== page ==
[llvm-dev] Inline constant std::function parameter

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[llvm-dev] Inline constant std::function parameter

韩玉 via llvm-dev
Hey LLVM-dev,

I'm trying to inline the following C++ code:

    __attribute__((always_inline)) static void inline compose(const char* s, std::function<void(const char *)> f) {
        std::cout << s << std::endl;
        f(s);
    }
   
    // --------------- Main ---------------
    int main() {
        // Nest three things
        compose("hello world", [](const char *s) {
            compose("hello again", [](const char *s) {
                compose("hello third time", [](const char *s) {
                    return;
                });
            });
        });
   
        return 0;
    }

Here my continuations are of type `std::function<void(const char*)>` and what I wanted from LLVM with the `always_inline` option was to transform it to a single call-site that looks like this:


    // --------------- Main ---------------
    int main() {
        // Nest three things
        std::cout << "hello world" << std::endl;
        std::cout << "hello again" << std::endl;
        std::cout << "hello third time" << std::endl;
        return 0;
    }

However that doesn't seem to be the case, does the inliner not get triggered if the functions are passed as objects (std::function) or am I using the wrong `opt` invokation?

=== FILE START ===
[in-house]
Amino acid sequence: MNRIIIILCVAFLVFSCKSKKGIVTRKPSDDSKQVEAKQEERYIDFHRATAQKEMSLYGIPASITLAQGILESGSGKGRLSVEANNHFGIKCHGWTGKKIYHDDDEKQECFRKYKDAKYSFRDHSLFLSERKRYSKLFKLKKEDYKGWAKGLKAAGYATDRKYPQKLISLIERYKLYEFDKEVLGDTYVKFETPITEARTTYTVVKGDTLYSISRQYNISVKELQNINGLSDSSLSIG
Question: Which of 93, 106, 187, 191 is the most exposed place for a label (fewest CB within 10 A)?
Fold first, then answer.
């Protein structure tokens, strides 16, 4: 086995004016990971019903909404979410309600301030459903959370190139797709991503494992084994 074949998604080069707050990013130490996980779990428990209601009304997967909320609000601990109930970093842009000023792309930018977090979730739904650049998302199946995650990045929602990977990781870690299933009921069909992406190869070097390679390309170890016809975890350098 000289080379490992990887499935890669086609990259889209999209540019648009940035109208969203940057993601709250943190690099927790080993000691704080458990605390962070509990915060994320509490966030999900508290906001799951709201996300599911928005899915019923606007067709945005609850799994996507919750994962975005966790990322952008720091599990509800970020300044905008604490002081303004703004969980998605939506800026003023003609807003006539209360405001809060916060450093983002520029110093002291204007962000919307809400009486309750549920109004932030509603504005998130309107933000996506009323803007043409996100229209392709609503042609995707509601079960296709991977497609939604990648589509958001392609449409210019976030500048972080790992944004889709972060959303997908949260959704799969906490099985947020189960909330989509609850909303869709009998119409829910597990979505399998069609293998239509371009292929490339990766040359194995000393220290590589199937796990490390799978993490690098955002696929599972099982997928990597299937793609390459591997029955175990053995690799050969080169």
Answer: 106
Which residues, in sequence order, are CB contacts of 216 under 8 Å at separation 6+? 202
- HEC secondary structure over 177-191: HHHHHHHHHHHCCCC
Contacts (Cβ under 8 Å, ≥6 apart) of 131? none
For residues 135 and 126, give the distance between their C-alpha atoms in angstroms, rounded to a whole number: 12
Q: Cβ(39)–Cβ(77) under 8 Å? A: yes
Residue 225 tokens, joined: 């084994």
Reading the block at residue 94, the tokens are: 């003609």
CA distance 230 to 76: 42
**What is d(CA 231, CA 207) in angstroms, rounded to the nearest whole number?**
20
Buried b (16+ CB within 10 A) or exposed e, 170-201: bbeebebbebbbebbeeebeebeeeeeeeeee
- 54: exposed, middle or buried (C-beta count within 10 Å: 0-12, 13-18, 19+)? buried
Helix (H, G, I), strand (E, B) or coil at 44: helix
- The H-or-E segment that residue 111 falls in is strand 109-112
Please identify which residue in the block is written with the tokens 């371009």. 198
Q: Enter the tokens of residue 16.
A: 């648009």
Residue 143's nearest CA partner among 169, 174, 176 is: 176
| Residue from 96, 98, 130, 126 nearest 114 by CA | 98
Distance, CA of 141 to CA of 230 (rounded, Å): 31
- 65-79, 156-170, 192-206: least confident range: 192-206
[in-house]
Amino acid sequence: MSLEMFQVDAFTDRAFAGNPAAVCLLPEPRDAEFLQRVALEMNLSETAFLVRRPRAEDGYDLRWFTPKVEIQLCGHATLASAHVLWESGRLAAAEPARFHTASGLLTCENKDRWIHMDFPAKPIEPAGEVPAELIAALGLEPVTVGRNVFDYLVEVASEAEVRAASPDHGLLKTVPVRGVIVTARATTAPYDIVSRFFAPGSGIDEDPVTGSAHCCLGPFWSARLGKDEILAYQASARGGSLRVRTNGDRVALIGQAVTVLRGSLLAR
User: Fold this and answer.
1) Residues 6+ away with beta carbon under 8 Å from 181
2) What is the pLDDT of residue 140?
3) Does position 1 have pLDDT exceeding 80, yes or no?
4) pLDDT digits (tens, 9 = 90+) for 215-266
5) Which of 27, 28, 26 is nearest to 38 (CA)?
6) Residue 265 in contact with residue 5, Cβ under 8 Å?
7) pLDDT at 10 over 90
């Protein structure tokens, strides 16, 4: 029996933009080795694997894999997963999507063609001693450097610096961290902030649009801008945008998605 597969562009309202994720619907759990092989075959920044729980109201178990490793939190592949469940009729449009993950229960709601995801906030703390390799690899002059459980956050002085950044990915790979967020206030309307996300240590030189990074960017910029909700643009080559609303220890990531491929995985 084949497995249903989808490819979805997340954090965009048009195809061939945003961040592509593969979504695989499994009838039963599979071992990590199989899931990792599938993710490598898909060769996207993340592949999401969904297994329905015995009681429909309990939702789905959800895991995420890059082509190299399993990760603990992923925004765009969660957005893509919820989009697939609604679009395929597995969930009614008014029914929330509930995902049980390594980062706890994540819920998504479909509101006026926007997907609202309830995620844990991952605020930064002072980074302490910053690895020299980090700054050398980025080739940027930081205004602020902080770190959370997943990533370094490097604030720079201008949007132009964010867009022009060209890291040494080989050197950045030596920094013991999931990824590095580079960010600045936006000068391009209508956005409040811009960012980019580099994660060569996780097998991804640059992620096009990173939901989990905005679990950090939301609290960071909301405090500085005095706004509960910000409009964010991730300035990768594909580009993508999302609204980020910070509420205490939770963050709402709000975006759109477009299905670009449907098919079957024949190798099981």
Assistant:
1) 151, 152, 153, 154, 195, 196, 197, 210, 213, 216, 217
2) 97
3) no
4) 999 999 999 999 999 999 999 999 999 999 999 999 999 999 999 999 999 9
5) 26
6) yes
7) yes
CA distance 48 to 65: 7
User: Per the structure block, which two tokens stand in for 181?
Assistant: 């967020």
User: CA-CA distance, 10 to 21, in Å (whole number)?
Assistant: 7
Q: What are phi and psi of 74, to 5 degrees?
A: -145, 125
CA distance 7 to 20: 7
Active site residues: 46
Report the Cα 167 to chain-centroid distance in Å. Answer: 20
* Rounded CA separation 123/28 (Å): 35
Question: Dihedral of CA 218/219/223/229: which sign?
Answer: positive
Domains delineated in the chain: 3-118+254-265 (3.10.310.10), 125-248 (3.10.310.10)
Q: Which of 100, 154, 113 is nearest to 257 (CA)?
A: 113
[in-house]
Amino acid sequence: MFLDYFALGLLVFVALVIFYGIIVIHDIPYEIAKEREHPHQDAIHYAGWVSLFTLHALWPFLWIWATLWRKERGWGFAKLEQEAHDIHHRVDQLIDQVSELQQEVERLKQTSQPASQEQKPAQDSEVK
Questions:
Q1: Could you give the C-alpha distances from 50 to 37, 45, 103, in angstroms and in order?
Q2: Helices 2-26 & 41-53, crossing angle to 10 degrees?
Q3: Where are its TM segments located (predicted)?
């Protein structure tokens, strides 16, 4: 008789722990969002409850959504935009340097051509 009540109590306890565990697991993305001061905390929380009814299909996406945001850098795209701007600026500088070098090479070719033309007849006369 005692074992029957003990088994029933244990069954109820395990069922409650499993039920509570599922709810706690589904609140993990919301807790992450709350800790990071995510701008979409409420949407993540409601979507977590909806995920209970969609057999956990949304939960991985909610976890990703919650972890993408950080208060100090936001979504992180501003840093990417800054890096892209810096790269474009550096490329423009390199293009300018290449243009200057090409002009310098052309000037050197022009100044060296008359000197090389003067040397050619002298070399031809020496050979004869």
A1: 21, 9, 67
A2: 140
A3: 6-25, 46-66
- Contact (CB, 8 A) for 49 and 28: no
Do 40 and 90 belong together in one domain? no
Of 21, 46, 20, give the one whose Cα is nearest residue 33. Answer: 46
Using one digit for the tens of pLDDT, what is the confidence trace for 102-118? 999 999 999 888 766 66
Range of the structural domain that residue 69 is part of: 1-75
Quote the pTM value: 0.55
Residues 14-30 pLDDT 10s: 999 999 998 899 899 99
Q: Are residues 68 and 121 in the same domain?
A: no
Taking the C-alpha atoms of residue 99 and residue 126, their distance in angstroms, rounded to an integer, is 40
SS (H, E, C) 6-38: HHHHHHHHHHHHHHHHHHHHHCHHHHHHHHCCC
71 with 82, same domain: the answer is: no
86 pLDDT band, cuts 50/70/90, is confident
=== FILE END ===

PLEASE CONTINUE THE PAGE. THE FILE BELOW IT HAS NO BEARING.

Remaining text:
OPT=opt-6.0
    OPTFLAGS?=-O3 -always-inline -dot-callgraph

Thanks!


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Re: [llvm-dev] Inline constant std::function parameter

韩玉 via llvm-dev
On 5/29/2018 10:52 AM, Eleftherios Ioannidis via llvm-dev wrote:
> However that doesn't seem to be the case, does the inliner not get triggered if the functions are passed as objects (std::function) or am I using the wrong `opt` invokation?

In general, the inliner can only inline direct function calls (not
virtual calls, or calls through a function pointer or std::function);
otherwise, it doesn't know what to inline.

In some cases, optimizations can prove that an indirect call actually
calls some specific function, but your testcase isn't one of those
cases.  In particular, the implementation of std::function is kind of
hard for the optimizer to deal with. This could probably be improved.

-Eli

--